Bill Clinton: Democrats Must Respect Gun Rights, Culture
Former President Bill Clinton has a warning for top Democratic donors: Don't underestimate weapons rights supporters.
Clinton, speaking to a group of Democrats at the Obama National Finance Committee Saturday, said gun control gets a special emotional response from people in rural states, and dismissing pro-gun arguments can backfire.
“Do not patronize the passionate supporters of your opponents by looking down your nose at them,” Clinton said, Politico reported.
“A lot of these people live in a world very different from the world lived in by the people proposing these things,” Clinton said. “I know because I come from this world."
Some polls say that the public supports proposals for increased gun control, Politico reports, but Clinton said emotions will rule when it comes to legislation on gun control.
“All these polls that you see saying the public is for us on all these issues — they are meaningless if they’re not voting issues,” Clinton said.
Clinton dedicated most of his 40-minute address to guns and gun control, and said the issue will be a test for Obama's grassroots movements.
“The way the Obama campaign won Florida, won Ohio, won this election by more than projected was the combination of technology, social media and personal contact,” Clinton said. That’s “the only way that our side will ever be able to even up the votes in the midterms and as these issues come up, really touch people and talk to them about it.”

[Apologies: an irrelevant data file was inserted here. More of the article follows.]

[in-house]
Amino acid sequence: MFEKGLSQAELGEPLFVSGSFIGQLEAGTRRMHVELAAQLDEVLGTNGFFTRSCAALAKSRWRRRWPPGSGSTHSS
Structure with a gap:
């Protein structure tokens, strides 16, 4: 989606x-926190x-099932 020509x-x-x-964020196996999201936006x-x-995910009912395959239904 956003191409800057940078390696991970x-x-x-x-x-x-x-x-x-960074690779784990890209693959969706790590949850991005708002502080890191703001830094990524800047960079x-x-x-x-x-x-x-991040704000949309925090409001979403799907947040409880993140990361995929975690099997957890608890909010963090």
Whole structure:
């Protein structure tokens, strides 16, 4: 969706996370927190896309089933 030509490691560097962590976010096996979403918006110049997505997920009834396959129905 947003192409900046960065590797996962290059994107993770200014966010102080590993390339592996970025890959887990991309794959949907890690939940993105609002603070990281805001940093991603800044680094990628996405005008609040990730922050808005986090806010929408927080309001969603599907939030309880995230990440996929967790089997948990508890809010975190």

Obama's gun control measures, announced last week, need a congressional vote, but the Republican-controlled House isn't likely to approve the legislation – and many Democrats from gun-strong states are wary of discussing the issue.
Clinton said that passing the 1994 federal assault weapons ban “devastated” more than a dozen Democratic lawmakers in the 1994 midterms. In fact, then-Speaker of the House Tom Foley, D-Wash., lost his job and his seat in Congress.
“I’ve had many sleepless nights in the many years since,” Clinton said. One reason? “I never had any sessions with the House members who were vulnerable,” he explained — saying that he had assumed they already knew how to explain their vote for the ban to their constituents.